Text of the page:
California couples who are entering the divorce process often feel overwhelmed by the sheer volume of decisions that must be made. It can be easy to focus on negotiations over issues that seem of vital importance now, but are in fact minor in relative terms. One issue that should be given the utmost priority is property division.
In recent years, property division has become much more complicated than in decades past. The process used to entail a careful division of assets such as real property, investments and retirement accounts. In today’s economic climate, however, property division often means a division of debt.
More and more couples carry high debt loads, often held on multiple credit cards. One financial advisor has worked with couples that have as many as 10 or 12 open credit card accounts, with balances riding on extremely high credit rates. In many cases, the first step in property division is a conscientious attempt at debt reduction.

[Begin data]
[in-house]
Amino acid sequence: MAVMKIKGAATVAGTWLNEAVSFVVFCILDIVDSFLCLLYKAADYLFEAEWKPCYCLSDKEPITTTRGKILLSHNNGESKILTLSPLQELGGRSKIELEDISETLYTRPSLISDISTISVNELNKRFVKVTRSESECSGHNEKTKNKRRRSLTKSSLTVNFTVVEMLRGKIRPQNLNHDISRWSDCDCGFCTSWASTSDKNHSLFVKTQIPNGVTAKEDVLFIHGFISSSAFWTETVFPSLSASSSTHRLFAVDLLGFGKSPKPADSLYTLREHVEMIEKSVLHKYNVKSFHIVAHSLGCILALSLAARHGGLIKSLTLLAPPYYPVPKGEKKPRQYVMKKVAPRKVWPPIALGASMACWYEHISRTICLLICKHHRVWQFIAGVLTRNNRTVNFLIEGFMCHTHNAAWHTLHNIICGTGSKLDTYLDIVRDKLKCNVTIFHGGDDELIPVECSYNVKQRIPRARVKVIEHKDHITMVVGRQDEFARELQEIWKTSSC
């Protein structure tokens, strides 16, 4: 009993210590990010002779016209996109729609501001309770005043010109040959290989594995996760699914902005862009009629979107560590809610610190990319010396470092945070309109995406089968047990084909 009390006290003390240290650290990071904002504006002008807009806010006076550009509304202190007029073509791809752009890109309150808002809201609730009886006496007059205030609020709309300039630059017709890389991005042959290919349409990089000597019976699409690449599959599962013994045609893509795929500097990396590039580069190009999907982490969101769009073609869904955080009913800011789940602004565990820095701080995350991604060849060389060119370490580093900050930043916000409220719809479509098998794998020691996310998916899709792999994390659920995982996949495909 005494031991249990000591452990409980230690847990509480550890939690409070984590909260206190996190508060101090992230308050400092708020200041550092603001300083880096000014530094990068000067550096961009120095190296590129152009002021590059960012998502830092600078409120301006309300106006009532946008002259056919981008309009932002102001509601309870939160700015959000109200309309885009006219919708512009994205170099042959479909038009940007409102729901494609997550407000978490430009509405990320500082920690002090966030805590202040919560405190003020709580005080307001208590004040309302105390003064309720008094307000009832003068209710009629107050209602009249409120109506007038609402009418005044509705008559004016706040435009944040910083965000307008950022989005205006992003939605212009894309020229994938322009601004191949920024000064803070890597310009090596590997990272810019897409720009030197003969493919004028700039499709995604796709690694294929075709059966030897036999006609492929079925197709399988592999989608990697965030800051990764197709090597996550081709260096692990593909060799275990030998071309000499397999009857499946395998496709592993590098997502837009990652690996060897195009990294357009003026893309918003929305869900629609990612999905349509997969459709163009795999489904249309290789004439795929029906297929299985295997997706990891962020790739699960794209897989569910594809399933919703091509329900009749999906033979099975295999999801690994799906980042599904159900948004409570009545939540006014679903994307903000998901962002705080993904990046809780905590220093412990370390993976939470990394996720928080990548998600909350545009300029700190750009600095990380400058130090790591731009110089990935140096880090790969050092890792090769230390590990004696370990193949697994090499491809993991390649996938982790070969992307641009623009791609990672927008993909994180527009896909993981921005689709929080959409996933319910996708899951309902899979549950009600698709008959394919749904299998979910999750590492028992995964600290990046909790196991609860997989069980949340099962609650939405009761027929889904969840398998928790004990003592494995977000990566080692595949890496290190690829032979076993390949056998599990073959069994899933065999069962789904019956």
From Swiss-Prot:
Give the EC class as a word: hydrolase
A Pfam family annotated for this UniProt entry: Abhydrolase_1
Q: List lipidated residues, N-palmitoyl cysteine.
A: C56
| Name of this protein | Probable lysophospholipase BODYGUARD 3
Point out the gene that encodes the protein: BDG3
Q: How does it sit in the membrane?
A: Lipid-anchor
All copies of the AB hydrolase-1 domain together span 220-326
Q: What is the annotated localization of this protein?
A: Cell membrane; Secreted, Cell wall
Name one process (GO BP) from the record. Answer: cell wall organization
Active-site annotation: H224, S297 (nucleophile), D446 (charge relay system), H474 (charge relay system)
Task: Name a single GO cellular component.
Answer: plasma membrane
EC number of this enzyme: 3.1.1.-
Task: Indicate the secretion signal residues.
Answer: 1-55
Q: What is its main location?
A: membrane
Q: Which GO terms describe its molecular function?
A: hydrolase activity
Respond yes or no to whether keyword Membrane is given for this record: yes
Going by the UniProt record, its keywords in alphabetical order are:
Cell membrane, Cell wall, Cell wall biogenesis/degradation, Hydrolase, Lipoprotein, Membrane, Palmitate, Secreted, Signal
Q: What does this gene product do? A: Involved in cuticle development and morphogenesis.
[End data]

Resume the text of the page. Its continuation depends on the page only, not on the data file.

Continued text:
Another common concern involves negotiating which party will retain the family home. It is important that the spouse who will stay in the home is able to refinance the property in his or her own name. This allows the other party to walk away from the property free from any financial obligation, and able to purchase another home in the future.
These and other financial issues illustrate the significance of the property division decisions made during a California divorce. The best approach is one that is geared toward allowing both parties to walk away as financially secure as possible, and equipped to move forward in their new lives with a degree of financial security. In many cases, that involves working together one last time to reduce debt and carefully divide the remaining assets.
Source: GoErie.com, “Hard times make divorce tougher,” Tim Grant, Nov. 28, 2012